Earlier this year members of the Religious Studies department – Dr John Maiden, Professor John Wolffe and Dr Gavin Moorhead – were awarded an ‘Engaging Research’ award by the Open University for their work on the ‘Building on History: Religion in London’ project. With this in mind, now seemed a good moment to reflect on the project.
The project was a knowledge exchange initiative, running between January 2012 and January 2013, which engaged religious publics in London with recent scholarship on the the city’s modern religious history.
Early in June, members of the Newsam Library & Archives met to discuss ways to better promote our services and collections to our users via Twitter. @IOELibrary joined Twitter in June 2011 and has gathered about 625 followers. We wanted to get a team, representing all the different sections in the Library (Collection Development, User Services, Technical Services and Administration), that would take responsibility for tweeting for @IOELibrary. We had no special requirements for the staff. They didn’t need to be experienced users of Twitter. We simply wanted interested people who had interesting things to say. ...continue reading →
An award-winning, externally-facing partnership with research at the core
I don't think of myself as an academic. Before I took on my current role as an Outreach Coordinator within the award-winning Floodplain Meadows research team at the Open University I'd worked for 12 years for the Environment Agency, delivering policy, legislation and proactive conservation projects ‘on the ground’ in Dorset, Wiltshire and a little bit of Hampshire. I'd worked with a wide range of conservation and community partners, occasionally getting cross with flood defence engineers. In short, I came to this job for a change!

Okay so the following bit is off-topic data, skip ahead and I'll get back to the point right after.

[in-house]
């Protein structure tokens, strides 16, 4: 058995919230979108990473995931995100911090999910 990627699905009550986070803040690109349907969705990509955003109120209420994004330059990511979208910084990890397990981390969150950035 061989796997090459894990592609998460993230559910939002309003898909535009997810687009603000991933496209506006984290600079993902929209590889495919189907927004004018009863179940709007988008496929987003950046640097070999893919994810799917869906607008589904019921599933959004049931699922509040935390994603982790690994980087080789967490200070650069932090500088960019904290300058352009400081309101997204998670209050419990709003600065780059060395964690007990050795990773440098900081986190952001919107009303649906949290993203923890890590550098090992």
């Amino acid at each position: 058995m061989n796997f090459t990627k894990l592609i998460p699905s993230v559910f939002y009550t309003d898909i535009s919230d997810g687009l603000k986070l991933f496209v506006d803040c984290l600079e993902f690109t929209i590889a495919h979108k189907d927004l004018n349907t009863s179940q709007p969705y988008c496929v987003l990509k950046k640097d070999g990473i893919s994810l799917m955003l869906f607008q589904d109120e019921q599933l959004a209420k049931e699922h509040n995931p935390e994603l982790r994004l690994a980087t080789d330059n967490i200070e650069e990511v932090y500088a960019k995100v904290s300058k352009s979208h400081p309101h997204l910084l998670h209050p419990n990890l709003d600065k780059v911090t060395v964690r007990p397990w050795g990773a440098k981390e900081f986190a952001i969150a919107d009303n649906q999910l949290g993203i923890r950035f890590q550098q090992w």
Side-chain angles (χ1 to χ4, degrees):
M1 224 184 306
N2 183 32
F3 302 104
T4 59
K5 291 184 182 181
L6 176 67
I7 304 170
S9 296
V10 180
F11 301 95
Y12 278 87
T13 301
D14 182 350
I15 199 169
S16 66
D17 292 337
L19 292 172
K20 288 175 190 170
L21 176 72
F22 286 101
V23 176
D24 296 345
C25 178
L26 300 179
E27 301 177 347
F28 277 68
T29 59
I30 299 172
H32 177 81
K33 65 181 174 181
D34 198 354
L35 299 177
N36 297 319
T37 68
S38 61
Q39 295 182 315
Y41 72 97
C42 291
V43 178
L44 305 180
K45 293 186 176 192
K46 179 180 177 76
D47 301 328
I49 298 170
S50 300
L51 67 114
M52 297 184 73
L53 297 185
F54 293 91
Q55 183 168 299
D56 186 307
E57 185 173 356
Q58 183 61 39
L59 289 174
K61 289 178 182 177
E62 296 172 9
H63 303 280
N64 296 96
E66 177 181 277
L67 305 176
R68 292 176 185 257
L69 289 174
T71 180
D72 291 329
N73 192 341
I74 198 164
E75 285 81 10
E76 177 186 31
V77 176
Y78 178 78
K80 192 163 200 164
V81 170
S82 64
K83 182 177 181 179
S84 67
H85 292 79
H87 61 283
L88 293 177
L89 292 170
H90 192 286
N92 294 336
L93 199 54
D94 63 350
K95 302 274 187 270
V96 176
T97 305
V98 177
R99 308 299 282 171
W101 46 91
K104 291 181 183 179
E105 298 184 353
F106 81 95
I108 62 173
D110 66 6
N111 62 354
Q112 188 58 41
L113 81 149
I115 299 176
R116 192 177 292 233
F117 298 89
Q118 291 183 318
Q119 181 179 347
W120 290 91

I recently won one the the OU's first ever Engaging Research Awards. When I heard about the engaging research awards, I thought ‘hmn...How can there be an award for something which ought to be integral to any good piece of research? Isn’t engagement with publics the defining characteristic underlying all research endeavours? And how can one judge a piece of research to be more engaged than another?’
The more I thought about it, the more I realised how engagement with publics has been an underlying principle of the Our Story project. The story-making tablet/smartphone app (called “Our Story”) was developed in parallel with my PhD research and has led to a number of projects integral to my doctoral work but also expanding it to other areas, research institutions and publics.